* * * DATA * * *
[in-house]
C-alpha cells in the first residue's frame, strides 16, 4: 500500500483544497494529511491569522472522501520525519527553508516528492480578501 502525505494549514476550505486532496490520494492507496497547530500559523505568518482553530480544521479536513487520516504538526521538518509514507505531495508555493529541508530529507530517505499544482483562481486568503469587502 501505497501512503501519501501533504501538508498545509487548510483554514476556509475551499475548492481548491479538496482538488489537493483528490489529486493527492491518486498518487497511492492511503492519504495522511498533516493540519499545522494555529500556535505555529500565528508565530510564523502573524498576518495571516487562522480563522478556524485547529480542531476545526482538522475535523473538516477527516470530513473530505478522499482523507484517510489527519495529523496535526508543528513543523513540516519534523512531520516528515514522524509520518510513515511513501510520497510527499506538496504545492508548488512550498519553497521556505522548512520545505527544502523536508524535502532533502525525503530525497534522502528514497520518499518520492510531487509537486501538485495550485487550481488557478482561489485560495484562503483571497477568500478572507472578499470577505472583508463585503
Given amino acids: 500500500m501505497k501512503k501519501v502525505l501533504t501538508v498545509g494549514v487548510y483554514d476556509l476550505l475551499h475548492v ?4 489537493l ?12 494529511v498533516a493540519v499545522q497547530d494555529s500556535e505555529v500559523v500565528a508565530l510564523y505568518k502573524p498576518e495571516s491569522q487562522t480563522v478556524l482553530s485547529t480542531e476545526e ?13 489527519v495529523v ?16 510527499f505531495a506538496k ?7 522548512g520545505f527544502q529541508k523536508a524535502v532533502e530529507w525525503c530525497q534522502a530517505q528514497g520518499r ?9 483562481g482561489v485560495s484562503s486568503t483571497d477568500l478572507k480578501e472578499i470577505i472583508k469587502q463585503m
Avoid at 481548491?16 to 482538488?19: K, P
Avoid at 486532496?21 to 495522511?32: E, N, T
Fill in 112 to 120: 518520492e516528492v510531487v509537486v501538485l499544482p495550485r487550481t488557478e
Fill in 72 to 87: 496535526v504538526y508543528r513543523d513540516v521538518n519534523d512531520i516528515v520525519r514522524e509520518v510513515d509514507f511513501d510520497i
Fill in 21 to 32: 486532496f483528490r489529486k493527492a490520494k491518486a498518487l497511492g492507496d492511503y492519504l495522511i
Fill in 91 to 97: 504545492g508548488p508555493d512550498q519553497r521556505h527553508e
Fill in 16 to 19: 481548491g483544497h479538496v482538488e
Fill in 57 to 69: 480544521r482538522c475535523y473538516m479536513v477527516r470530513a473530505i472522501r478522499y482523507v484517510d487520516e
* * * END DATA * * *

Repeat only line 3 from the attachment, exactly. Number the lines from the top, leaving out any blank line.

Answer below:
Given amino acids: 500500500m501505497k501512503k501519501v502525505l501533504t501538508v498545509g494549514v487548510y483554514d476556509l476550505l475551499h475548492v ?4 489537493l ?12 494529511v498533516a493540519v499545522q497547530d494555529s500556535e505555529v500559523v500565528a508565530l510564523y505568518k502573524p498576518e495571516s491569522q487562522t480563522v478556524l482553530s485547529t480542531e476545526e ?13 489527519v495529523v ?16 510527499f505531495a506538496k ?7 522548512g520545505f527544502q529541508k523536508a524535502v532533502e530529507w525525503c530525497q534522502a530517505q528514497g520518499r ?9 483562481g482561489v485560495s484562503s486568503t483571497d477568500l478572507k480578501e472578499i470577505i472583508k469587502q463585503m